Options available for uninsured after funding ends
JONESBORO, Ark. (KAIT) - Those without health insurance may have some difficulties very soon.
The Health Resources and Services Administration will soon stop accepting reimbursement claims for COVID-19 testing and vaccinations due to a lack of sufficient funds, according to the agency’s website.
Healthcare systems and pharmacies used the reimbursements to help treat those without insurance.
The HRSA COVID-19 uninsured program paid out more than $175 billion in reimbursements since the start of the pandemic.
Now, pharmacies and hospitals are left to give the bill for COVID treatment and testing to patients.
Mitchell Nail, Public Relations Manager for St. Bernards Healthcare System, said they not only used the funding to treat patients, but they also used their own funding to prepare when HRSA’s funding ended.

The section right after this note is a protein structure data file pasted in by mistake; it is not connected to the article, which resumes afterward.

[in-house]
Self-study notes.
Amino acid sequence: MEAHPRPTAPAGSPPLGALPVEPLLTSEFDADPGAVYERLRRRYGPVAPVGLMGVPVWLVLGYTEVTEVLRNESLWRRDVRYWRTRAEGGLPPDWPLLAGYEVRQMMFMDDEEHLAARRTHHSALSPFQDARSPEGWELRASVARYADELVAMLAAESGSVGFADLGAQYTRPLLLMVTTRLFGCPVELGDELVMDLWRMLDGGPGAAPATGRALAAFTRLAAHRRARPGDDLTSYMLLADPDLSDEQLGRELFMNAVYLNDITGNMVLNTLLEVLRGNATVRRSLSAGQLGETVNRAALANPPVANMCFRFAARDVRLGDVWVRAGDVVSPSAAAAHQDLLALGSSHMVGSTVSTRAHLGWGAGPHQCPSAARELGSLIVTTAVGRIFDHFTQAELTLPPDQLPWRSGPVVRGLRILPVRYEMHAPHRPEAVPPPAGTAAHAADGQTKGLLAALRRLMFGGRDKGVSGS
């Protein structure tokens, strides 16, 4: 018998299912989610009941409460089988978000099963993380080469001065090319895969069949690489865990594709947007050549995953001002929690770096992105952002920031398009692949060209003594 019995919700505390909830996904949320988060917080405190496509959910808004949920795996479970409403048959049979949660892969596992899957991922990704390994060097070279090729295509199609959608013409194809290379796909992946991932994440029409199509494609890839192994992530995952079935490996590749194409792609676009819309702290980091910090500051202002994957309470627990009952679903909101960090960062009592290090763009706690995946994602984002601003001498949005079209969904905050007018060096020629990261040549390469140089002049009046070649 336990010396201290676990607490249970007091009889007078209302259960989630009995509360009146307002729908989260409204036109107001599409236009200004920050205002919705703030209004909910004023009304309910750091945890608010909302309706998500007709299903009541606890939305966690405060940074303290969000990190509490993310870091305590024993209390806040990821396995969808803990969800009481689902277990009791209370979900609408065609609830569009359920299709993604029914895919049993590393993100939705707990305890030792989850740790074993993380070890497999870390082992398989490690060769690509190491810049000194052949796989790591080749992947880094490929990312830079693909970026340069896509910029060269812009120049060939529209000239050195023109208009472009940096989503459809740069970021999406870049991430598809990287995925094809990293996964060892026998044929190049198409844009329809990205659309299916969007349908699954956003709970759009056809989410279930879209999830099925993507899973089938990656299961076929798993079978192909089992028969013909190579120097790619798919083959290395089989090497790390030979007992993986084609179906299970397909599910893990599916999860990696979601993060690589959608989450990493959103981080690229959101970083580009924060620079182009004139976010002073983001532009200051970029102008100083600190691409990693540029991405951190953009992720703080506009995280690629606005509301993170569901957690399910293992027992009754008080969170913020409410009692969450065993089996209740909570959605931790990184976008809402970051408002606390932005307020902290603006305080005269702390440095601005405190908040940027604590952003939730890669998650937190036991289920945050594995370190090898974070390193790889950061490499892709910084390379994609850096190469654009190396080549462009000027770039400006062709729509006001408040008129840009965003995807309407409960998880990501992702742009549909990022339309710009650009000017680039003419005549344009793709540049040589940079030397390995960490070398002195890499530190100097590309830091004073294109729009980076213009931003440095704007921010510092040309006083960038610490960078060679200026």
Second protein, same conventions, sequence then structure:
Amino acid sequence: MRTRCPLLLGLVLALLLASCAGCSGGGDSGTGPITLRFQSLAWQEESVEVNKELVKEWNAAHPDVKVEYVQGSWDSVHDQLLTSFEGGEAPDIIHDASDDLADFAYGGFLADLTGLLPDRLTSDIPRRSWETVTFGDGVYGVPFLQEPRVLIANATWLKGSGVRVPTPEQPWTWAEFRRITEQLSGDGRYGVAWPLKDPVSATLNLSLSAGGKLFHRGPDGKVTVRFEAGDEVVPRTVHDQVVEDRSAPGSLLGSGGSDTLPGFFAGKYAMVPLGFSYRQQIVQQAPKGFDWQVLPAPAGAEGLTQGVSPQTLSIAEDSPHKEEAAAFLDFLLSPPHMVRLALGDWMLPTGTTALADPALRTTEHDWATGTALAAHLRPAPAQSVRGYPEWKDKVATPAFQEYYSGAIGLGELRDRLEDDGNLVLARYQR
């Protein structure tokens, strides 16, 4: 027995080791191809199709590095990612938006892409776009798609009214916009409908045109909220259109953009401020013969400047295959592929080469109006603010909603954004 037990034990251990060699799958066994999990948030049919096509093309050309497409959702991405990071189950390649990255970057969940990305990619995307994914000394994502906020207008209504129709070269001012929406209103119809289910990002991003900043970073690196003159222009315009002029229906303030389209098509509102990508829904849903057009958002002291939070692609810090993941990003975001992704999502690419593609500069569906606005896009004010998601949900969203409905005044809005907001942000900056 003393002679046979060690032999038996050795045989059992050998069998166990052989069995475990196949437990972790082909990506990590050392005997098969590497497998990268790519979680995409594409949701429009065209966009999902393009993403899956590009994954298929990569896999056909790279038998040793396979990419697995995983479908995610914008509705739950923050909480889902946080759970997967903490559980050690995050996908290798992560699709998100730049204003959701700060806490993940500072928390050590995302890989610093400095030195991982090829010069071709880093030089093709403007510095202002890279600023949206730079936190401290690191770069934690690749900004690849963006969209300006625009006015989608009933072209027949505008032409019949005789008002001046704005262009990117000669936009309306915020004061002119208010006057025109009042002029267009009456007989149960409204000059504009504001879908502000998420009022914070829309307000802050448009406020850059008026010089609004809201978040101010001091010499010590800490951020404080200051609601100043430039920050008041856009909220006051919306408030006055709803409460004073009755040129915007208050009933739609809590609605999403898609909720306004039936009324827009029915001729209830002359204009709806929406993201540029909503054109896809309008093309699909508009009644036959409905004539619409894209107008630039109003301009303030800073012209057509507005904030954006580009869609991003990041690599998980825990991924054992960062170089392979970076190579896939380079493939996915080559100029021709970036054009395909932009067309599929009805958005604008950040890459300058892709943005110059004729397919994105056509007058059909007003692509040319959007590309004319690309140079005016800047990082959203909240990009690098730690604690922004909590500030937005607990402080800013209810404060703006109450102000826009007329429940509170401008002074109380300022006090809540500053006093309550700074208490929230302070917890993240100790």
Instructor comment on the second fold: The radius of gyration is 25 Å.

“We did free testing, in fact, the free testing that we did provide was not a result of funds from the federal government those were things that we source and funded ourselves,” he said.
Nail said the hospital offers free screenings and discount options for those who are uninsured.
According to the Biden Administration, the end of the funding will also result in no more monoclonal antibody treatment purchases and they could scale back how the treatment is given out.
The administration has requested Congress to approve more funding for HRSA’s program.
While the deadline to submit claims for reimbursement for testing and treatment was Tuesday, you can still submit reimbursement claims for vaccines until April 5.
For more information, you can visit the HRSA’s website.
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